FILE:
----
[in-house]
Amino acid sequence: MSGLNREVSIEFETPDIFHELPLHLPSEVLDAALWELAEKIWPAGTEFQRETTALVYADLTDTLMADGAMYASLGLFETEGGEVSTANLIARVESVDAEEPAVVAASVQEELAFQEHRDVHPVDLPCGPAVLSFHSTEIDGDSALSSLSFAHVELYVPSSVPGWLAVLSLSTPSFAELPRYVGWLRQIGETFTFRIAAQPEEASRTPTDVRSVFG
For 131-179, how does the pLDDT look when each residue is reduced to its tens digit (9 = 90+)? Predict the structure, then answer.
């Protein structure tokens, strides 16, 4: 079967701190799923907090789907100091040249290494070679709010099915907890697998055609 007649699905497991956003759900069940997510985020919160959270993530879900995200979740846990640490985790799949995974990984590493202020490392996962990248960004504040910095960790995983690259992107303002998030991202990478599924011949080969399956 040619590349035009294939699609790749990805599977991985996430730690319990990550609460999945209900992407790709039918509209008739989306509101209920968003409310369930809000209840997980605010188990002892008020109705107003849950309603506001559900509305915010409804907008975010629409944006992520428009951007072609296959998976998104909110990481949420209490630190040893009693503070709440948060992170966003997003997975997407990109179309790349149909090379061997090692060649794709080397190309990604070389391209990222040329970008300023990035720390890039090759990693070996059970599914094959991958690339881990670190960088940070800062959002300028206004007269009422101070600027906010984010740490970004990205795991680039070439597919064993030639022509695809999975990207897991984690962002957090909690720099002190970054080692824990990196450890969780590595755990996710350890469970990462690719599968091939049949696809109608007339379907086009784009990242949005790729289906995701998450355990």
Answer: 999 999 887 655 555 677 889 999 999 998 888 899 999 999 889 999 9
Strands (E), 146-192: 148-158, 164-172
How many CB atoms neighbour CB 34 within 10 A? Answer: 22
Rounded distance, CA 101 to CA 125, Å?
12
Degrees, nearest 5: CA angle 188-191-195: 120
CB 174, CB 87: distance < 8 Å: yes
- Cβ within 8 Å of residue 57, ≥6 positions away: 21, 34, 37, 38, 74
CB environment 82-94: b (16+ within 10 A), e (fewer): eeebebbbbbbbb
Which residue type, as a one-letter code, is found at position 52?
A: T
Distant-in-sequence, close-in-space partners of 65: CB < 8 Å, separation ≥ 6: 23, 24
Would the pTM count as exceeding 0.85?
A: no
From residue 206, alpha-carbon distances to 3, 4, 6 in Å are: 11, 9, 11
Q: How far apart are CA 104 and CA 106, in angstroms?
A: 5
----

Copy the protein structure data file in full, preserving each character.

[in-house]
Amino acid sequence: MSGLNREVSIEFETPDIFHELPLHLPSEVLDAALWELAEKIWPAGTEFQRETTALVYADLTDTLMADGAMYASLGLFETEGGEVSTANLIARVESVDAEEPAVVAASVQEELAFQEHRDVHPVDLPCGPAVLSFHSTEIDGDSALSSLSFAHVELYVPSSVPGWLAVLSLSTPSFAELPRYVGWLRQIGETFTFRIAAQPEEASRTPTDVRSVFG
For 131-179, how does the pLDDT look when each residue is reduced to its tens digit (9 = 90+)? Predict the structure, then answer.
């Protein structure tokens, strides 16, 4: 079967701190799923907090789907100091040249290494070679709010099915907890697998055609 007649699905497991956003759900069940997510985020919160959270993530879900995200979740846990640490985790799949995974990984590493202020490392996962990248960004504040910095960790995983690259992107303002998030991202990478599924011949080969399956 040619590349035009294939699609790749990805599977991985996430730690319990990550609460999945209900992407790709039918509209008739989306509101209920968003409310369930809000209840997980605010188990002892008020109705107003849950309603506001559900509305915010409804907008975010629409944006992520428009951007072609296959998976998104909110990481949420209490630190040893009693503070709440948060992170966003997003997975997407990109179309790349149909090379061997090692060649794709080397190309990604070389391209990222040329970008300023990035720390890039090759990693070996059970599914094959991958690339881990670190960088940070800062959002300028206004007269009422101070600027906010984010740490970004990205795991680039070439597919064993030639022509695809999975990207897991984690962002957090909690720099002190970054080692824990990196450890969780590595755990996710350890469970990462690719599968091939049949696809109608007339379907086009784009990242949005790729289906995701998450355990």
Answer: 999 999 887 655 555 677 889 999 999 998 888 899 999 999 889 999 9
Strands (E), 146-192: 148-158, 164-172
How many CB atoms neighbour CB 34 within 10 A? Answer: 22
Rounded distance, CA 101 to CA 125, Å?
12
Degrees, nearest 5: CA angle 188-191-195: 120
CB 174, CB 87: distance < 8 Å: yes
- Cβ within 8 Å of residue 57, ≥6 positions away: 21, 34, 37, 38, 74
CB environment 82-94: b (16+ within 10 A), e (fewer): eeebebbbbbbbb
Which residue type, as a one-letter code, is found at position 52?
A: T
Distant-in-sequence, close-in-space partners of 65: CB < 8 Å, separation ≥ 6: 23, 24
Would the pTM count as exceeding 0.85?
A: no
From residue 206, alpha-carbon distances to 3, 4, 6 in Å are: 11, 9, 11
Q: How far apart are CA 104 and CA 106, in angstroms?
A: 5